Intro to Tensas NWR

What fun to have two events in a single weekend, but all the more fun that one of them is our first ever experiential certification project presentation! Roselie Overby is the candidate for certification and will lead our experience.

Sunday at 2 p.m. join us at Tensas River NWR headquarters, 2312 Quebec Road. That’s a Tallulah mailing address, but for our purposes, in case you’ve never been to Tensas, you can also put it into your GPS. Please note on the map that you must exit I-20 at Waverly and travel a few miles further east on Hwy 80 before turning south on Quebec Road, which takes you into the refuge.

Directions to Tensas River NWR headquarters. (This map is based on a fragment of a Google map.)

We will meet at the headquarters building, which has an ample parking area. After brief introductory comments, we will move to Africa Lake, one of the most interesting features of this diverse, wildlife-rich refuge. It will be important for a few people to pool together in vehicles for the short drive to Africa Lake because the parking area there is quite small.

We will hike a mile or so as time allows, with Roselie sharing some history and natural history of the refuge. This area is mixed bottomland hardwood and bald cypress, with diverse plant life and fungi. Roselie has spotted ‘gators in the lake and a variety of tracks in the soft ground, including deer, raccoon and, possibly, coyote. Snake sightings are also possible. Fall flowers are blooming and birds are migrating.

Question Mark butterfly (Polygonia interrogationis), photographed in the Africa Lake parking area, 6/12/21, by Bette J. Kauffman.

This sounds like a wonderful opportunity to do something we haven’t done in awhile, namely create a species list after the hike. So I’m commissioning everyone who can come to bring a notepad and help me keep track. It’s going to be impressive.

Remember also that a committee of three will evaluate Roselie’s presentation but all members of LMN-NE are encouraged to complete and submit our evaluation form for the committee’s consideration. (Forms will be distributed via email.)

To fully enjoy this hike, be prepared! The weather is predicted to be warm and sunny, and the area is usually muddy. You’ll need footwear that can deal with mud, insect repellent, protection from the sun and plenty of water.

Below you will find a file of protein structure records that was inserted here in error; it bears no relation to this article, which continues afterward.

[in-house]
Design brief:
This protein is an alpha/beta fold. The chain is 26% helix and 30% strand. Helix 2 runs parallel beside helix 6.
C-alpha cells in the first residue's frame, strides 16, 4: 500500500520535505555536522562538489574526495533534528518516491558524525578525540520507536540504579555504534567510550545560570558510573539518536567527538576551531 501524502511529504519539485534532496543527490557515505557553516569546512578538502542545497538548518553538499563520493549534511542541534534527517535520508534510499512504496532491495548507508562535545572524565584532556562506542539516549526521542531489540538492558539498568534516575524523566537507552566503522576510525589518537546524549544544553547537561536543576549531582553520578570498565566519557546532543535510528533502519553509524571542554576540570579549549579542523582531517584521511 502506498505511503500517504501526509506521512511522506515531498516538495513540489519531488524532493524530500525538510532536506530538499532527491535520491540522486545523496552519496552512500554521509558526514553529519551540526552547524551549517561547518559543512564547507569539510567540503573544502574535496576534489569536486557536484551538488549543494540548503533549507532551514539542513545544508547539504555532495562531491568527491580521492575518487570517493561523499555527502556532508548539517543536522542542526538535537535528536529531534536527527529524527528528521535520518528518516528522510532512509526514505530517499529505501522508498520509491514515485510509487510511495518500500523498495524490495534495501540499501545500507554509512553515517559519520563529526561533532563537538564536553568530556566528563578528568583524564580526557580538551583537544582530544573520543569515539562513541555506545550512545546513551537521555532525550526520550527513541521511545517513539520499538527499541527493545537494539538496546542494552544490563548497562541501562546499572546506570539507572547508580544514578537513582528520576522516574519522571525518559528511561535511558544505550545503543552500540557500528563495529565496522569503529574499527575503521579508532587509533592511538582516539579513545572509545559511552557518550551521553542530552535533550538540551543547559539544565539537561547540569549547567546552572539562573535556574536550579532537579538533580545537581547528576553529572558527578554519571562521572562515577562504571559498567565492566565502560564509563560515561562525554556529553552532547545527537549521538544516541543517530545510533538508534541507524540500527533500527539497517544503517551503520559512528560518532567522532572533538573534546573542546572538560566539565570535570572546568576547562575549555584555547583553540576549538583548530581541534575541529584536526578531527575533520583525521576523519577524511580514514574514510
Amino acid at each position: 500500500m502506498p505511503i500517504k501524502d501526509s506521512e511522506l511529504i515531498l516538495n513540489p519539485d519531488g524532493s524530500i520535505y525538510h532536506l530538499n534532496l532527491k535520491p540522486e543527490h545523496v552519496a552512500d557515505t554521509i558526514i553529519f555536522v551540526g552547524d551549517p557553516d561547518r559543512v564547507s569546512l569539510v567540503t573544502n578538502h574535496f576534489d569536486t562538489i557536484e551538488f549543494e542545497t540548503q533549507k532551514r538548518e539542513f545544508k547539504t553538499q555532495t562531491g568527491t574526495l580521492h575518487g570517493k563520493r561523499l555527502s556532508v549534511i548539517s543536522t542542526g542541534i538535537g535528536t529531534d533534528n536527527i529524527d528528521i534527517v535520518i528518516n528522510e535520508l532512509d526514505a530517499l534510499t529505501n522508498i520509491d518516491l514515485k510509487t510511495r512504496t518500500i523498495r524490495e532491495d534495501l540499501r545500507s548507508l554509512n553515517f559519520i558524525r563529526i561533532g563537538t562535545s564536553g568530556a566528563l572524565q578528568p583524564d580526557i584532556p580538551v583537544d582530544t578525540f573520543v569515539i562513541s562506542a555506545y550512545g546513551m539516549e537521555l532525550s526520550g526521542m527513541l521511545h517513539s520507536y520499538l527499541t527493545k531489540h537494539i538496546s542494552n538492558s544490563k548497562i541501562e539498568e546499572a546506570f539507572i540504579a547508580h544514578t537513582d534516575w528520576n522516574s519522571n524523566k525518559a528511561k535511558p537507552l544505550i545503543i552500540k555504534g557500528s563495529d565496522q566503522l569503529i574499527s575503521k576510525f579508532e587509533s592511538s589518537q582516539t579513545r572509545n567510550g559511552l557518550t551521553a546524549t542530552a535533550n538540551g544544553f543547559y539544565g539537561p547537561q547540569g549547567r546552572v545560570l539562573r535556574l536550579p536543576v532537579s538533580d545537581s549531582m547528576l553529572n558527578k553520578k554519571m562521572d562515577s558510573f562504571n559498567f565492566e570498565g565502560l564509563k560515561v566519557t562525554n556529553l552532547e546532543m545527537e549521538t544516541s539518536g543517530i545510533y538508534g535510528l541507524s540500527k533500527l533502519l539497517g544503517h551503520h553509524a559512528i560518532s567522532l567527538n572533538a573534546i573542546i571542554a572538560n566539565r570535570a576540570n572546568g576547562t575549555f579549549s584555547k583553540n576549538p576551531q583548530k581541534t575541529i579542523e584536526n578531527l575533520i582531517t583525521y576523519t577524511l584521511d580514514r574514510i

We are also required to sign in to the refuge using one of the orange cards for that purpose at the refuge sign at the corner of Quebec and Mill Roads.

Finally, refuge buildings are still closed due to the pandemic, thus there are no restroom facilities. Plan accordingly! Of course, the hardy can also take advantage of “facilitrees”!

Just a reminder: The other event this weekend is the Jungle River Litter Pick, 7 – 8:30 a.m. Saturday at Restoration Park.

Note: I’ll be happy to take up to three fully vaccinated people in my car for the short drive from headquarters to Africa Lake. We will wear masks in the car as a precaution. We will physically distance outdoors and if you are more comfortable wearing a mask the whole time, do so. We will have a sign-in sheet that also constitutes a liability waiver.

Litter Begone!

If you hate litter, as most of us Master Naturalist types do, here’s an opportunity to make a difference!

This Saturday, October 9, meet at the gazebo at the 700 Downing Pines Rd. entrance to Restoration Park in West Monroe at 7 a.m. That’s right in front of the Ouachita Green office.

Before: Fallen trees are perfect snares for trash coming downstream.

Wear work gloves and waterproof boots and bring a trash picker if you have one. We hope to have some extras borrowed from Friends of Black Bayou; however, a lot can be done with gloves. LMN-NE will provide trash bags.

A pocket knife or pen knife is also useful for cutting out trash entangled in roots or cutting plastic that is partly buried.

After: The trash is “in the bag.” What a gratifying difference!

LMN-NE has taken on the task of clearing litter from “Jungle River,” which runs through Restoration Park. The Paxtons have done the bulk of the work so far. This is an excellent opportunity for many more of us to get involved.

Jungle River is a delight. Willows and taro plants line its banks. It is home to native birds, amphibians and insects, and a variety of other critters leave their tracks in the soft banks.

Jungle River is perfect habitat for this Ebony Jewelwing (Calopteryx maculata).

The river has a natural gravel bed and, in fact, the park was once an industrially mined gravel pit. Then it became a garbage dump, so today the trash that mars its beauty is a mix of new and old–new brought into the park from it’s much larger drainage area and old that resurfaces after every heavy rain.

We’re planning to do another litter pick from kayaks at Black Bayou Lake later this month or in November. For those who are certified, these are great opportunities to do your required volunteer hours.

BTW, I will not be able to participate this time. The Paxtons are in charge of this event and will have a sign-in form that constitutes a liability waiver, as is our practice.

Note: Photos in the post are by Charles & Kim Paxton.

La Birding Trails

The Louisiana Department of Culture, Recreation and Tourism has embarked upon the task of reviewing and updating all Louisiana Birding Trails. Amy Wise, Public Relations and Media Coordinator at the Monroe–West Monroe Convention & Visitor’s Bureau, contacted our Board Member & Treasurer Charles Paxton last week with information on how we can help.

What a terrific project! She can use our help in more than one way. Three Ouachita Parish sites have already been suggested to her: Black Bayou Lake NWR, Kiroli Park and Lazarre Park. Amy needs to know what birds can be seen at these locations and when.